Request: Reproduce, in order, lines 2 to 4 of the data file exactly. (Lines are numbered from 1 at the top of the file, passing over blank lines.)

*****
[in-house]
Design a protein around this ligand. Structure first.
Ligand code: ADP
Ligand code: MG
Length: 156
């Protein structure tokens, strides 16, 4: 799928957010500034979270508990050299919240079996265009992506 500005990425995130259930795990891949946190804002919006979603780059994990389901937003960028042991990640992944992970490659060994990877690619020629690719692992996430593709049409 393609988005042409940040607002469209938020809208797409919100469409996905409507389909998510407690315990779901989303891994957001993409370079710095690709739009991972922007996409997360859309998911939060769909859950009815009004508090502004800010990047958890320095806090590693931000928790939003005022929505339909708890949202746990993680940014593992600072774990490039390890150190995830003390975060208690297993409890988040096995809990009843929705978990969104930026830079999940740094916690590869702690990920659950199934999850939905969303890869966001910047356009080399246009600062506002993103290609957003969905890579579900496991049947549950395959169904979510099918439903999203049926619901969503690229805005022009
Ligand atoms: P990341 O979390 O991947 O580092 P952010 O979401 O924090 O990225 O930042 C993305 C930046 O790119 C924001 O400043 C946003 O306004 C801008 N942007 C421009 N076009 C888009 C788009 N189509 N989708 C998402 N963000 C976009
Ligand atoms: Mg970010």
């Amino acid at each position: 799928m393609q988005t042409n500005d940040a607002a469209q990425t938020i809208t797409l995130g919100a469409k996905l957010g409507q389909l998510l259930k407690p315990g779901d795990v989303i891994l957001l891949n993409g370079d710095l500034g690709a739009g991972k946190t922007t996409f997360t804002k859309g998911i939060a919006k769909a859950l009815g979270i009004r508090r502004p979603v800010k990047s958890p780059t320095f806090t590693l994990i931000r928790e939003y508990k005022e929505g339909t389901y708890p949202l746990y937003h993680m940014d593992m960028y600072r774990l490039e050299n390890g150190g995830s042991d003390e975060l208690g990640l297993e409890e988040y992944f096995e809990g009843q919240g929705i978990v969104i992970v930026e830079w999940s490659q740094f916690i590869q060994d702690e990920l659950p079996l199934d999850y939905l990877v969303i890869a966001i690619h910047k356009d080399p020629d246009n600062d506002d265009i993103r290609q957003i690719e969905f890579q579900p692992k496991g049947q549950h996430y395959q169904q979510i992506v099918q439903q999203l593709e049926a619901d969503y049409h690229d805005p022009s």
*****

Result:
Design a protein around this ligand. Structure first.
Ligand code: ADP
Ligand code: MG